The Invisible Illnesses that affect us

microbiology-163470_640I saw a graphic on Facebook, you know the kind that people put up in their statuses “If you know someone that has/does/suffers from/feels like XYZ, then share this for an hour…” and it was enough to make me want to cry. Why? Because my wonderful slave, the woman who is the perfect fit for me, she has a disease that is one of those silent, invisible illnesses – she has lupus. And last night, the discussion we were having about “what do we want to do 20 years from now…” and all she could say is “just be around here to see 20 years.”

Wow. We go through our lives, living as we feel we must, and there are many among us who go through life just appreciating the fact that they have another day. I’ve done that for awhile since she was diagnosed in 2009. Each day, that small reach over to the other side of the bed, because you know, you just have to make sure.

But to hear that… 20 years. I’ll just be shy of 70 and the way I feel, I am not feeling my age right now. I always had a mental image of 75 to 80 would be an age I’d want to go to… but to be hopeful and lucky that a silent invisible disease won’t take my partner before then… that was pretty intense.

We all know people who suffer through these diseases and issues daily. There are some days when some people can barely get out of bed, where each breathe or each step feels like agony – and yet they have to live their lives, they have to keep moving forward because if they don’t… they die. It’s not like missing a leg, having a horrible burn, or some disease where you can “see” it… these things are invisible and terrible and yet nobody “knows”. There’s not only the self-sense of loss, of change, of being denied dreams of 20 years of activity, only to be looking at 20 years of increased pain and issues – but there’s always the stigma, the whispers, the “oh, is she REALLY sick?” and the “Oh, you don’t look sick…”

Angie and I are going to be talking a lot more about lupus, about how these sorts of illnesses and disabilities affect our Master/slave dynamic. We’re going to be doing fundraising for lupus research and education. We’re going to be hoping that others will stand with us, either in support or in solidarity, because these issues affect a lot more people than you might think. Fibro. Crohns. MD. Lupus. Diabetes. MS. Mental illness. Autism. And the list goes on… but it’s there. It’s something that affects us. And it’s OK to talk about it, to say “this is what we go through, we’re not looking for sympathy, but just understand if we’re a bit slower, if we don’t play like we used to, if we miss an event now and then… it doesn’t mean we’re not us, it means we have a lot fewer spoons and heavier burden.”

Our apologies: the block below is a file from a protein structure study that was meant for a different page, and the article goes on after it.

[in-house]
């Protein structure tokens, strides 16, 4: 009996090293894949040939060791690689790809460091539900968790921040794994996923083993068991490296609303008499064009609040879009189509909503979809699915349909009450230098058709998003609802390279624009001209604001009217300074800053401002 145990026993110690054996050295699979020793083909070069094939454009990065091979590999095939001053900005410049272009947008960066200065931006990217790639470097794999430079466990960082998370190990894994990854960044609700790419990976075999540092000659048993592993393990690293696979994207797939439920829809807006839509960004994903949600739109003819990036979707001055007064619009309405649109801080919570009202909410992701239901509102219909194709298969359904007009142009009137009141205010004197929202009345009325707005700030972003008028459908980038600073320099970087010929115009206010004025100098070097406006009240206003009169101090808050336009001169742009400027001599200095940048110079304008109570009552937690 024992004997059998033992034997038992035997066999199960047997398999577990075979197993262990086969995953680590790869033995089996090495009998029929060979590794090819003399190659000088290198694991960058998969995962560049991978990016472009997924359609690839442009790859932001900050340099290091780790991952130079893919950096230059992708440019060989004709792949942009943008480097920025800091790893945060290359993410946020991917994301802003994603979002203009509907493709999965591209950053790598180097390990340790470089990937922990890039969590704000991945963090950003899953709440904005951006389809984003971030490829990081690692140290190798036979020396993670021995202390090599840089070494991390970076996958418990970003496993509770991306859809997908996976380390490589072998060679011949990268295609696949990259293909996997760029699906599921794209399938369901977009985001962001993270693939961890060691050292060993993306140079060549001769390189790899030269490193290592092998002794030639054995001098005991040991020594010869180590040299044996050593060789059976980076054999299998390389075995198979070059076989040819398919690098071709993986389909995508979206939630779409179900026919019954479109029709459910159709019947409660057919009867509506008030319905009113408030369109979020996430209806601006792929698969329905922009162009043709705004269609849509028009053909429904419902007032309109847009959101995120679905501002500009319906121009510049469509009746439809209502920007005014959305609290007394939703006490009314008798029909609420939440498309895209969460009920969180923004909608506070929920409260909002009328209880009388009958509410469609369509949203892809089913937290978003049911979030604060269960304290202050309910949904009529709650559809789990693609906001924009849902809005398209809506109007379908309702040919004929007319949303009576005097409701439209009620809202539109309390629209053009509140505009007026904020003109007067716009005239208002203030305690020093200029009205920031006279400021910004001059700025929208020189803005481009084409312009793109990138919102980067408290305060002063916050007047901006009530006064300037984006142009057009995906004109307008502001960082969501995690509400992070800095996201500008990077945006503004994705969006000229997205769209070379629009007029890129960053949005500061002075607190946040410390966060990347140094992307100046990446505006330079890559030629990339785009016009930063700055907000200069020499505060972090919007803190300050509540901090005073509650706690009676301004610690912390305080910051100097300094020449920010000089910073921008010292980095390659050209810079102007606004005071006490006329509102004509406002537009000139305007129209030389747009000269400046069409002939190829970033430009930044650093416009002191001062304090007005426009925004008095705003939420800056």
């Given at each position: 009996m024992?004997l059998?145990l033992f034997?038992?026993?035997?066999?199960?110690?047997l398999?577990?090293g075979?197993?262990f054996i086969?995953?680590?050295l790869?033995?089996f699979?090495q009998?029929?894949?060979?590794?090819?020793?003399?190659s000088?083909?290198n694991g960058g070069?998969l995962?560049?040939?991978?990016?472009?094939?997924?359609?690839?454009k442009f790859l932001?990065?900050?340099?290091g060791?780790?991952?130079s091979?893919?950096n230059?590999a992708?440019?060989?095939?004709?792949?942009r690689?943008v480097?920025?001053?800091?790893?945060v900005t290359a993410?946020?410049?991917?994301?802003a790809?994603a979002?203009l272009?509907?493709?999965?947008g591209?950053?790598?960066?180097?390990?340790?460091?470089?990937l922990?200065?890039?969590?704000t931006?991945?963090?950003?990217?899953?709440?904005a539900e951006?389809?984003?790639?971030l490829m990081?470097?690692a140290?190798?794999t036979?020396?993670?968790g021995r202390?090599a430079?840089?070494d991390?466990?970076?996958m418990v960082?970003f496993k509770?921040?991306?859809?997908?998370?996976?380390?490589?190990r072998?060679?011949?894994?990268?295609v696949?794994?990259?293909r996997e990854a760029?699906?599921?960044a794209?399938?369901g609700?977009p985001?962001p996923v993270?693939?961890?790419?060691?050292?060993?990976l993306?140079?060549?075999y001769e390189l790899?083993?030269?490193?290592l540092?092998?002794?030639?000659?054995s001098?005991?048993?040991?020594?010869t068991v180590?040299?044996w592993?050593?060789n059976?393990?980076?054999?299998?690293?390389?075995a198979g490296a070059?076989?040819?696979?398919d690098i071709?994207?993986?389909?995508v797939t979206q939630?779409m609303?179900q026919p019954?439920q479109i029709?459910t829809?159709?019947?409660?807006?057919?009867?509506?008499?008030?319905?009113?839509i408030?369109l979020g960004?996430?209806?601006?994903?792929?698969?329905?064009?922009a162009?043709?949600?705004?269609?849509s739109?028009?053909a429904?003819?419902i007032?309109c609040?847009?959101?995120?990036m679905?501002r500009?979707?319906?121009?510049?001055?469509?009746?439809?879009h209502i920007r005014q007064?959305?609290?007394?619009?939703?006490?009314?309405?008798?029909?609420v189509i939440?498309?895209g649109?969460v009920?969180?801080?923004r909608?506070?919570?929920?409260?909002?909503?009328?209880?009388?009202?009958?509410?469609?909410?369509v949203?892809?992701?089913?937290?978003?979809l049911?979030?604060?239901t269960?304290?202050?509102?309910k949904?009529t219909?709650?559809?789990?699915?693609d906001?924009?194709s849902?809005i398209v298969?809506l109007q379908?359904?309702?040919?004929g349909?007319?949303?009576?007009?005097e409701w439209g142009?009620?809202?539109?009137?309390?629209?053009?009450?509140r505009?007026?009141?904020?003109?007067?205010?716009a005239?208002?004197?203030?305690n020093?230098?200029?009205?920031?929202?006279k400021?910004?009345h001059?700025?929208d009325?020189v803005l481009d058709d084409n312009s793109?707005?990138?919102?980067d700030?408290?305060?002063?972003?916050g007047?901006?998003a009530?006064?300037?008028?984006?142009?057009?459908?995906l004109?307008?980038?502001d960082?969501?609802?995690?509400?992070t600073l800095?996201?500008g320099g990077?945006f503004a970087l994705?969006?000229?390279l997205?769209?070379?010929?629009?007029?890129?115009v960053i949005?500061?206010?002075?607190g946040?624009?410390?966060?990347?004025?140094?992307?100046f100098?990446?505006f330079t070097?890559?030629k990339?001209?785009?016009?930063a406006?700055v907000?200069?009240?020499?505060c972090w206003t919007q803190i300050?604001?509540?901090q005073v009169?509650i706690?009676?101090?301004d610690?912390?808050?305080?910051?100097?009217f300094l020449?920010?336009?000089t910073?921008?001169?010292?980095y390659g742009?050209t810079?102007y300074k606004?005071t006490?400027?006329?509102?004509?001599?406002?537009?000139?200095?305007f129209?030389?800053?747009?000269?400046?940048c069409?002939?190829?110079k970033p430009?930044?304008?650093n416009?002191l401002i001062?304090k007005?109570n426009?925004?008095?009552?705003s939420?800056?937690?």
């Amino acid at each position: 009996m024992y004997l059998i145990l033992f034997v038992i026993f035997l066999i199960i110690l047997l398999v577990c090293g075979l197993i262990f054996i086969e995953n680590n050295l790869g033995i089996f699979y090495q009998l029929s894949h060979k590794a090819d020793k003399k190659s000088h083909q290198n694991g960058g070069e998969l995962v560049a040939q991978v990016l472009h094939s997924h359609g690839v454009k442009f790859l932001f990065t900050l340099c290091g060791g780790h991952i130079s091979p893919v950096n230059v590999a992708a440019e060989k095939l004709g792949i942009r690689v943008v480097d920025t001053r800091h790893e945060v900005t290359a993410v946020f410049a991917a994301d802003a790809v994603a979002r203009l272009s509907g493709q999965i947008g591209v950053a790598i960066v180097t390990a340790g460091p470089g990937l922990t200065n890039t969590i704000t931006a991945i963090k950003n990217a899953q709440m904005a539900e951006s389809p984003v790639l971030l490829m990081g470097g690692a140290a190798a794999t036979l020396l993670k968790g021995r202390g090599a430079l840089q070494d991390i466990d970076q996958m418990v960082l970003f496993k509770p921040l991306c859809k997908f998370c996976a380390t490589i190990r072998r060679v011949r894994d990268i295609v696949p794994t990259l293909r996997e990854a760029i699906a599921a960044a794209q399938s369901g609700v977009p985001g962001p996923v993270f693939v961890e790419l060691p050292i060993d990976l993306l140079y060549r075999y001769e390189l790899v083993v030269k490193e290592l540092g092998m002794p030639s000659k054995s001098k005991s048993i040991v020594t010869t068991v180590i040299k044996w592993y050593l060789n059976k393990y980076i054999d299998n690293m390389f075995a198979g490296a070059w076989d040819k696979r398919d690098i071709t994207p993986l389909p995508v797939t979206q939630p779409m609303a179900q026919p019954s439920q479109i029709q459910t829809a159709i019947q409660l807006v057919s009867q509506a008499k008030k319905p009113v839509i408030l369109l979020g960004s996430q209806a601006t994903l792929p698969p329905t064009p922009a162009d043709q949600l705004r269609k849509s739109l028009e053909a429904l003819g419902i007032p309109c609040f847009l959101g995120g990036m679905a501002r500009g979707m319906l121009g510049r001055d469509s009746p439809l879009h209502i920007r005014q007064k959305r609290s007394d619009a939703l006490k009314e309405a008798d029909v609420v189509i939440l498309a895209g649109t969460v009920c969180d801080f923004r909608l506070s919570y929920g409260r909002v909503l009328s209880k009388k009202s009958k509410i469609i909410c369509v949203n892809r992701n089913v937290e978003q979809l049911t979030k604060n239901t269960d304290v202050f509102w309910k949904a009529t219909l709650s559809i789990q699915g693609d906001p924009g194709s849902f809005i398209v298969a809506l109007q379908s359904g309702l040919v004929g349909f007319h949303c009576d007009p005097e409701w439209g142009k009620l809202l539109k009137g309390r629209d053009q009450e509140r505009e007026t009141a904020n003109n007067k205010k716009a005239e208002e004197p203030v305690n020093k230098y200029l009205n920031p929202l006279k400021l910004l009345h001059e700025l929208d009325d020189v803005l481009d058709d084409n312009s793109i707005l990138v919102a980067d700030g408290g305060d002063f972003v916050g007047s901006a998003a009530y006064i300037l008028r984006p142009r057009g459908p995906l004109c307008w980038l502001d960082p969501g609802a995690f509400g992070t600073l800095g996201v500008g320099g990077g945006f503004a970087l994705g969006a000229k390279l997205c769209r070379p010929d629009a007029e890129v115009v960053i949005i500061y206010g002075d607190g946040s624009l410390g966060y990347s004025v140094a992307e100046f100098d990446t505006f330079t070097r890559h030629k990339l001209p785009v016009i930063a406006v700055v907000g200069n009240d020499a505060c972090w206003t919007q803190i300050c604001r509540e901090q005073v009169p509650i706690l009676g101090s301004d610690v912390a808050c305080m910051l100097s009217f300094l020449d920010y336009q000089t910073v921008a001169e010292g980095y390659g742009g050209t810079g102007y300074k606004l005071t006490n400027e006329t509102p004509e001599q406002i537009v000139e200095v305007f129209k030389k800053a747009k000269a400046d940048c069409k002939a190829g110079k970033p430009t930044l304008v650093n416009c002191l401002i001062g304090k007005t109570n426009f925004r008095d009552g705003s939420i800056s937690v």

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Master Michael S

International Master 2014. Member of: Chicago Leather Club, Chicago Leathermen Group, MAsT: Greater Chicago. Longtime leatherman. One of the Four Horsemen.

One thought on “The Invisible Illnesses that affect us”

  1. I can relate to this one so well. My fibro, asthma, & arthritis can be so debilitating – but I used to be incredibly strong, and very physically active. Then things started going haywire, and now I’m the ‘little old lady’ that I used to help. I can’t just go & do like I used to. Now, John’s heart and lungs slow him down. But, neither of us LOOKS disabled, unless he’s clutching his chest & gasping for air, or I’m leaning on my walking staff, trying to maneuver stairs or a hill, or rough ground. We don’t want pity – just understanding. And maybe a hand with getting the groceries in, lol.
    Sass

    Like

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